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News | Aug. 8, 2023

My DCMA: Steve Sanders, attorney

By Tonya Johnson DCMA Central Region Public Affairs

My DCMA showcases the Defense Contract Management Agency’s experienced and diverse workforce and highlights what being a part of the national defense team means to them. Today, Steve Sanders shares his story.

My name is Steve Sanders, and this is “My DCMA.” I am an attorney at DCMA Lockheed Martin Fort Worth. My agency-wide job duties include everything from investigating, reviewing, opining, and assisting in resolving domestic preference issues to providing legal opinions on contracting officer’s final decisions. I also represent the government in contract administration issues involving the F-16 Fighting Falcon, the F-22 Raptor and the F-35 Lightning II programs.

I have been with the DCMA team for 26 years. I joined DCMA when it was under Defense Logistics Agency.

Some of the great things about working at my location include the people. I’ve never worked with a more dedicated professional group of men and women. They truly care about our country and our warfighters. I also enjoy being around the aircraft. I have seen almost every aircraft in America’s arsenal flying around this facility, including the A-10 Thunderbolt II, C-130 Hercules, C-5 Galaxy, B-52 Stratofortress, F-22 Raptor and F/A-18 Hornet. Twenty years ago, I watched an F-35 coming in for landing while an A-6 Intruder waited to take off.

I like working at DCMA because I am continuing to serve my country. I was in the Army for 10 years before joining the agency. Our mission is essential to guaranteeing freedom to the people of our great country. I love hearing the sound of freedom, which reminds me of a story. More than 20 years ago, I was sitting in my contract management office outside commander’s office waiting to speak with him. He was on the telephone answering a noise complaint. He told the caller, “Ma’am, do you know what that noise is? It’s the sound of freedom.” Listening to him talk to her reminded me that freedom takes sacrifice, and we have to remind others about our military’s mission and training obligations to our country and national security.

DCMA is important to America’s warfighters because we ensure contractors provide what they promised per contractual obligations. We make sure that throughout the manufacturing process, specific items are made under the conditions and tolerances that warfighters need on the battlefield. On the other hand, we also make sure that products that do not meet the standard never wind up on the battlefield.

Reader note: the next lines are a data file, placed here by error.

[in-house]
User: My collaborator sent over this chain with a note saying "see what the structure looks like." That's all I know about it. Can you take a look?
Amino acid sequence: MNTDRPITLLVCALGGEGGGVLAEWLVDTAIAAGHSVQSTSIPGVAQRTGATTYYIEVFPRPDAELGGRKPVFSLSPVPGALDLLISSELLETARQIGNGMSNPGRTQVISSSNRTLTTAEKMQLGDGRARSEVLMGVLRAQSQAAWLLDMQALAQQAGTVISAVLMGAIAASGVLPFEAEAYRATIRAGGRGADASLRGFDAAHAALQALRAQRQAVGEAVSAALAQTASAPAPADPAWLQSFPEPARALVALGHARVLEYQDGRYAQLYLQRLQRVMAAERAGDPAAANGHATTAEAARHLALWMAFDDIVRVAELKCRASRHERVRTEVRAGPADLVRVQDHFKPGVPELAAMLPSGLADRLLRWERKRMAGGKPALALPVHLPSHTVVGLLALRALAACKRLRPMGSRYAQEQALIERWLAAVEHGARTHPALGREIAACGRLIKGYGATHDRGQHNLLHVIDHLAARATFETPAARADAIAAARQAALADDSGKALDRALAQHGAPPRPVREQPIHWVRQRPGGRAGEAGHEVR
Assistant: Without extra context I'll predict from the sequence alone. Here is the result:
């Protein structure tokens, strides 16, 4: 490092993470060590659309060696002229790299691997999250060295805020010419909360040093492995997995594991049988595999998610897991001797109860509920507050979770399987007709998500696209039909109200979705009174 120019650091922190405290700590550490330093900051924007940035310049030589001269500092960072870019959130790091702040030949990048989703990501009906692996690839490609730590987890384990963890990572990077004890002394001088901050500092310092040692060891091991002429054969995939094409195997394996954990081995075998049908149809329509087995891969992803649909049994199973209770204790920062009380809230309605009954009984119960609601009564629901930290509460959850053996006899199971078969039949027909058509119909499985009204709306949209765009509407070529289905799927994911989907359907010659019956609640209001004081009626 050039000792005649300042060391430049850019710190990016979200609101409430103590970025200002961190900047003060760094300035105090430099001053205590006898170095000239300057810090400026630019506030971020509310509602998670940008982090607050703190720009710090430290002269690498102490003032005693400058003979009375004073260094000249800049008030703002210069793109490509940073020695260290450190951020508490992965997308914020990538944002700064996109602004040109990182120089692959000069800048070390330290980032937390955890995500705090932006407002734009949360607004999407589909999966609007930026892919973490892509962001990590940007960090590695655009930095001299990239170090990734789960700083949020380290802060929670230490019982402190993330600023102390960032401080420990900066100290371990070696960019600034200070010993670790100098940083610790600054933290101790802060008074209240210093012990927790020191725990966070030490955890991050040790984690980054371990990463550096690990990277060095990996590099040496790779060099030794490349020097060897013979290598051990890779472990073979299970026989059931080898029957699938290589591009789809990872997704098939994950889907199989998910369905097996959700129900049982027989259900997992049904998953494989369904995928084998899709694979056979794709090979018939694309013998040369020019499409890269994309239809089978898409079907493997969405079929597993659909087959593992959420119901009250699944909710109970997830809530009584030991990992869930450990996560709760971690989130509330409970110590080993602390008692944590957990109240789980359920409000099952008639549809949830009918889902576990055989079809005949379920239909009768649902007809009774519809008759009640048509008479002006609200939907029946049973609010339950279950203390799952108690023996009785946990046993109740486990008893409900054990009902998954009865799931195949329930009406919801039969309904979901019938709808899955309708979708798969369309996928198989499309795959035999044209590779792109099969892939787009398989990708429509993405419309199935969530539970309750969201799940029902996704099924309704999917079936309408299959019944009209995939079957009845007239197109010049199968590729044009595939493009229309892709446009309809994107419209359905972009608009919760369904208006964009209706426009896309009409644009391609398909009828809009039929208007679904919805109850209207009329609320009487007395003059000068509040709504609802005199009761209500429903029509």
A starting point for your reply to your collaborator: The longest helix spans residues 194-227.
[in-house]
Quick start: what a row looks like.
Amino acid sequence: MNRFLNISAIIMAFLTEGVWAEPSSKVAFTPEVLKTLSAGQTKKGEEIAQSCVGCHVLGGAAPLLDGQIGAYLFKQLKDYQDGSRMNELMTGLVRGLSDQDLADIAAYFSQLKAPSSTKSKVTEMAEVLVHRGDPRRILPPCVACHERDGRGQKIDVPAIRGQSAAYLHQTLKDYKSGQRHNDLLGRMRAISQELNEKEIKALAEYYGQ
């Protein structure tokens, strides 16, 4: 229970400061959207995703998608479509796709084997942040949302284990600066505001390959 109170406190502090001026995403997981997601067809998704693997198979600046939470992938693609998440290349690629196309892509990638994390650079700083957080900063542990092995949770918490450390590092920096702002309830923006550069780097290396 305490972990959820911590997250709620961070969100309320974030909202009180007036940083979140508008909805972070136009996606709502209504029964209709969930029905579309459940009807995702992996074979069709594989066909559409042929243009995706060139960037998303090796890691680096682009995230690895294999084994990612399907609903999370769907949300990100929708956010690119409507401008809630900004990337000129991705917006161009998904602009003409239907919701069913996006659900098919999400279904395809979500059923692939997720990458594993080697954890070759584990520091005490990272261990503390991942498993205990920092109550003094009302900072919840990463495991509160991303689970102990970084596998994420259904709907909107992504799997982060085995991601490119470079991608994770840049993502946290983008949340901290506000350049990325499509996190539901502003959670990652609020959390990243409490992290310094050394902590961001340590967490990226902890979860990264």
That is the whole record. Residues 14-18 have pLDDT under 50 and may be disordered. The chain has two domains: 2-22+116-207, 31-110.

There is a story I researched about a Union Army regiment from Massachusetts during the American Civil War that was preparing to enter battle at Antietam in 1862. The regiment had drawn ammunition from a supply train of goods manufactured by private contractors and sold to the Army. As the soldiers loaded their rifled muskets, they realized that the cartridges they were issued were not filled with gunpowder, but with sawdust mixed with oil. If DCMA had been around back then, this never would have happened.

DCMA has changed over the years. From the Defense Contract Management Command when it was a part of DLA, to today’s DCMA, the agency has evolved a great deal. We’ve grown and shrunk, but we have always met mission requirements. I believe implementing Vision 2026 is going to be one of the biggest challenges our agency has faced. With the shrinking defense dollars going to the Fourth Estate, we have to be efficient and proactive to keep ahead of mission demands.

My future career goals include retiring next year in June and going into publishing and recording full time. I don’t want to “fade away.” Instead, my goal is to help prepare the agency for my departure so DCMA Lockheed Martin Fort Worth does not miss a beat. I am already working with my leadership and colleagues to create a seamless transition when I retire.

My favorite hobbies include studying history, reading detective novels, writing and performing poetry, and swimming with my grandchildren. Something unique about me is that I am the unofficial “Pirate Poet Laureate of Texas.” Last year, I was the feature poet at a festival in Corpus Christi, Texas. I performed several original pirate-themed poems. At the end of the festival, the organizer called me back on stage and presented me with a certificate and a cutlass emblazoned with “Pirate Poet Laureate of Texas.” I couldn’t have been prouder if it had been presented from Capt. Jack Sparrow himself from the Pirates of the Caribbean movies.